I don’t hire because I have extra jingle in my pocket.  I don’t hire because I can avoid complying with some regulation or tax.  I don’t hire because the government is spending less.  I hire because there’s more work to do.

No responsible businessperson is going to hire simply because they have extra money lying around or because they can dump motor oil in the sewer. As generous as I might be, I won’t hire out of charity.

Entrepreneurs hire because they have work to do, and a new employee can help them get that work done.  They hire to help meet demand. And demand is fueled by customers who have money to spend.

And that’s the fallacy of the Republican job creator mythos: Job creators don’t “create” jobs.  Our customers do.

And the evidence proves the Republican fallacy. Taxes are at historic lows [PDF link]. Corporate profits are at record highs. Government spending has collapsed.  These are the very conditions under which, according to Republicans, we job creators should be creating jobs.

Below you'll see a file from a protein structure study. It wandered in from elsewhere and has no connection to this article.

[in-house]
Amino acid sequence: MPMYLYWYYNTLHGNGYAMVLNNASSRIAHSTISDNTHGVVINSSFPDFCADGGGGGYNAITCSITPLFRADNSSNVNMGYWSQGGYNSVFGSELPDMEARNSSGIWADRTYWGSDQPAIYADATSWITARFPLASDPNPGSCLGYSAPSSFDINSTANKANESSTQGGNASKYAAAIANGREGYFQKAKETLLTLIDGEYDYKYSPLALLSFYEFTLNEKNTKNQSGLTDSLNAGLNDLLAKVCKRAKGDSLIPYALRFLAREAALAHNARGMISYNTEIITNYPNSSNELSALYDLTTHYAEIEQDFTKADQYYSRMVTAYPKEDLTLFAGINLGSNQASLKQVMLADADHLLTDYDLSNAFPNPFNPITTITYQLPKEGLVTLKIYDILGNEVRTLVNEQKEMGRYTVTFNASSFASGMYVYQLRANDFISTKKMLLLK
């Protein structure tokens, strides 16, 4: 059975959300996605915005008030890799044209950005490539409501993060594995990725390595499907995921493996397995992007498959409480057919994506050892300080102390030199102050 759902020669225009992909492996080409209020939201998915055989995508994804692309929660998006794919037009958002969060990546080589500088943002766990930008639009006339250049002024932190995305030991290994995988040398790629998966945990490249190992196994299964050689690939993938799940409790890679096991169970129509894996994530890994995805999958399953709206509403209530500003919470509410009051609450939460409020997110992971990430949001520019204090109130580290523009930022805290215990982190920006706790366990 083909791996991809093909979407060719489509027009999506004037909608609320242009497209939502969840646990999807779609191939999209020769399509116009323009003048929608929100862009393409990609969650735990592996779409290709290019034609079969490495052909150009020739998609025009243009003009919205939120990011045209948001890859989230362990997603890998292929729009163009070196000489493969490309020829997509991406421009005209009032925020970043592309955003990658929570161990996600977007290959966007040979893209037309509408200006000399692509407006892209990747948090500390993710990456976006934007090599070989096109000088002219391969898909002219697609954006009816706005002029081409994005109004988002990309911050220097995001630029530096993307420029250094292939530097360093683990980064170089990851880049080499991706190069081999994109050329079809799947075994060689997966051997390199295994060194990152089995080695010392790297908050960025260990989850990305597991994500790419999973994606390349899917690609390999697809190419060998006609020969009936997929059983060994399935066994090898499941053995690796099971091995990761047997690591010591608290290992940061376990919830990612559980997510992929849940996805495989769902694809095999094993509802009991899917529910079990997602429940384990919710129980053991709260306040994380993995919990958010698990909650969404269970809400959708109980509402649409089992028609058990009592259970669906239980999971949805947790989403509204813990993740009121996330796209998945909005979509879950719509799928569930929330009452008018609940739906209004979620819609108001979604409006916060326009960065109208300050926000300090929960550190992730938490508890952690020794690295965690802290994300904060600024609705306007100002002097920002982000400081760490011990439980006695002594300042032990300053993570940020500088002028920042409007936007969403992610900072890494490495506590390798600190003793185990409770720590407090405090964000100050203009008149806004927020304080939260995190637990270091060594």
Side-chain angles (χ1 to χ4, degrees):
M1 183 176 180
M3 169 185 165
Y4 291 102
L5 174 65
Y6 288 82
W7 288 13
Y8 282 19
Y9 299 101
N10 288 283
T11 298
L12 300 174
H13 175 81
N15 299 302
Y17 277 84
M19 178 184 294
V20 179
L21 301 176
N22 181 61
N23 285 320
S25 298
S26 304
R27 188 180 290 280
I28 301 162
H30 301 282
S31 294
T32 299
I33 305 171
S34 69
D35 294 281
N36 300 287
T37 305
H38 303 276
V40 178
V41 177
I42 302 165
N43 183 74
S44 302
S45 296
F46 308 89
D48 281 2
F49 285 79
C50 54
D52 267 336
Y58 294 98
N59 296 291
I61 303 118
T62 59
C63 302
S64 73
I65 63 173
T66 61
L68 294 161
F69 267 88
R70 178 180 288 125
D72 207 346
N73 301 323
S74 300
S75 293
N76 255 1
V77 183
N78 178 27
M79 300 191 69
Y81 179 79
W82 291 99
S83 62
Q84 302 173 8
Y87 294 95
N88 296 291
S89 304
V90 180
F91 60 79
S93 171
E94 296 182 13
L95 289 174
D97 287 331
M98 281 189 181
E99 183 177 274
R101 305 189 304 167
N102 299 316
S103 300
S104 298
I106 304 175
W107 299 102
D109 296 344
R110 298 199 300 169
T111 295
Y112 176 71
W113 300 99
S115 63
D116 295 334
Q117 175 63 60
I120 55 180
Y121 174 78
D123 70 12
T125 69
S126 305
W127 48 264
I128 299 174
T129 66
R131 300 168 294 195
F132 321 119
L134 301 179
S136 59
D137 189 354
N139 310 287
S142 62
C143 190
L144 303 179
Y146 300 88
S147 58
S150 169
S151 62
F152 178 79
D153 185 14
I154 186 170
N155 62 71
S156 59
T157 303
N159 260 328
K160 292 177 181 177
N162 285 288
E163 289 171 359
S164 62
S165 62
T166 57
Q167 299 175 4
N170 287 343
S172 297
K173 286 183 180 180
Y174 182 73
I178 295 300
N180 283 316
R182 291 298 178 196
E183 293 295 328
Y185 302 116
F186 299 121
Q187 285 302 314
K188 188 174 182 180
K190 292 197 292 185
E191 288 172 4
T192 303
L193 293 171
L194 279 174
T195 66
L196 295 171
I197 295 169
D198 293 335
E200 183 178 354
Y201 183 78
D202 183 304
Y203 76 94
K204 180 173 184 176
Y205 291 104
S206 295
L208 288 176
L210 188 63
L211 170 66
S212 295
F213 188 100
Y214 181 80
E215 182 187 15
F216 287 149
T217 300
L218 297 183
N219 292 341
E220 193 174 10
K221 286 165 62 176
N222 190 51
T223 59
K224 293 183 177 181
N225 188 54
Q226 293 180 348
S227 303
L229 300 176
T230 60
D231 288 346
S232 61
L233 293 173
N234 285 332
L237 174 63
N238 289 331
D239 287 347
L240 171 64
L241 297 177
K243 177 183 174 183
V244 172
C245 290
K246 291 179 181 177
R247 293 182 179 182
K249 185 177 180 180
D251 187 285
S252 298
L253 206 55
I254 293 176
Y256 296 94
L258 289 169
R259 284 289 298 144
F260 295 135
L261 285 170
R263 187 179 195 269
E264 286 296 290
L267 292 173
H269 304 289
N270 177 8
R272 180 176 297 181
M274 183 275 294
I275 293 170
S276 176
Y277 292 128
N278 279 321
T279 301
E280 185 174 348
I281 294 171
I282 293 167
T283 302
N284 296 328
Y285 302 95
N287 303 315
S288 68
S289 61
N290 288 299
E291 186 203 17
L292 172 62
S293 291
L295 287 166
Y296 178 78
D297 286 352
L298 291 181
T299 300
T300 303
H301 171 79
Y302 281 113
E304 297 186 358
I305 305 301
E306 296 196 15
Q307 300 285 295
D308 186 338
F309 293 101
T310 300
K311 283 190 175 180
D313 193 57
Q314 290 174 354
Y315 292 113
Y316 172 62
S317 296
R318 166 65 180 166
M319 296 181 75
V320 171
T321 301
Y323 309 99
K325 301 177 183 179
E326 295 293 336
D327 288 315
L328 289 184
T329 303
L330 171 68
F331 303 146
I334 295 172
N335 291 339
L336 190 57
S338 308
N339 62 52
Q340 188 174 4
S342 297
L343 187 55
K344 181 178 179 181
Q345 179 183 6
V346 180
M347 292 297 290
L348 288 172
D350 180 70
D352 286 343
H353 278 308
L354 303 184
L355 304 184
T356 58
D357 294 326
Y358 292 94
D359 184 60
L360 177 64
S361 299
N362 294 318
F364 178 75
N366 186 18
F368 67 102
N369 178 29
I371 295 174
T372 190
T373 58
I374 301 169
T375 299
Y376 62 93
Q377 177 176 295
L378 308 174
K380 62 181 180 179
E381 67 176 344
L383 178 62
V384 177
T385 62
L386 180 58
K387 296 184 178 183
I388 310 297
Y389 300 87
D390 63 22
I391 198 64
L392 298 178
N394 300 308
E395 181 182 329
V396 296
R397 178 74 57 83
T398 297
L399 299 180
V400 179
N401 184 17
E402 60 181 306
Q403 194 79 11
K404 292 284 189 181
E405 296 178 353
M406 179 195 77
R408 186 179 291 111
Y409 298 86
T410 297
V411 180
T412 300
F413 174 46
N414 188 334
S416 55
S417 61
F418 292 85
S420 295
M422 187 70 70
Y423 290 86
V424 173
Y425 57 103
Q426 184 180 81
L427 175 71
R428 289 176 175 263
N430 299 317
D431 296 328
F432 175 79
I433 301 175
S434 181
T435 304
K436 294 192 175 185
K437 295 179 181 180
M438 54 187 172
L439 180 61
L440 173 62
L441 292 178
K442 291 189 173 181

But we aren’t.

Despite these supposedly wonderful conditions for job creators, one in six Americans remain unemployed or underemployed. Income and household wealth has stagnated for over a decade. Instead of hiring in this environment, corporations are hoarding record stockpiles of cash in the face of weak demand.

No demand, no jobs.

That’s not to say that we entrepreneurs – let’s just drop the “job creator” garbage – are powerless.  We can foster conditions which promote growth (the right business model, the right service, the right people); but we need customers with a willingness to spend to make our businesses grow and to create an environment where hiring is possible and profitable for us.

Bottom line: Give me money, and I’ll sock it away in the bank.  Give me customers, and I’ll give you jobs.


On Compromise

Last night, Congress passed the $900 billion tax compromise reached between President Obama and Republican leaders.

In the end, progressives and conservatives alike lambasted the deal.  And that might be a very good thing.